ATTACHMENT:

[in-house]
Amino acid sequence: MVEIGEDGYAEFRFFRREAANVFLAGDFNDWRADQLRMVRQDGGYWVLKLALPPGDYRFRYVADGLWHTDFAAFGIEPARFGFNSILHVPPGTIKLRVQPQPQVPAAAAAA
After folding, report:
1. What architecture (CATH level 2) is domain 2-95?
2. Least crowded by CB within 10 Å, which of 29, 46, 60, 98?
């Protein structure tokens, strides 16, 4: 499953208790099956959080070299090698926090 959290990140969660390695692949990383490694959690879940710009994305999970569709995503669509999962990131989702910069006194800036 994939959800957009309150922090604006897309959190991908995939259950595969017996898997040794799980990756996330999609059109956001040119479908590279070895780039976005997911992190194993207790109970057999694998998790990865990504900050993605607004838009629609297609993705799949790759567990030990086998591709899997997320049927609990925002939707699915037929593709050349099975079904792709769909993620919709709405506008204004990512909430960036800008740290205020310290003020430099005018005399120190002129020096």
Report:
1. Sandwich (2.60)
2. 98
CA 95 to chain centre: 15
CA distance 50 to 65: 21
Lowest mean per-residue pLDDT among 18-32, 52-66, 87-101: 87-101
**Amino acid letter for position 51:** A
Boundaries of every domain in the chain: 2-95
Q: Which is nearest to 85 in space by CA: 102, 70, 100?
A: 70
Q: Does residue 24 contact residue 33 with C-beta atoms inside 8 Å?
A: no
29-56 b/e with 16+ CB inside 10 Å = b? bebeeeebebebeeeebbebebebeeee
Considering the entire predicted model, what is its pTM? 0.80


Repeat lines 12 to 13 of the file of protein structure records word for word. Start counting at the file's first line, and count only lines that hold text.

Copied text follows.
Lowest mean per-residue pLDDT among 18-32, 52-66, 87-101: 87-101
**Amino acid letter for position 51:** A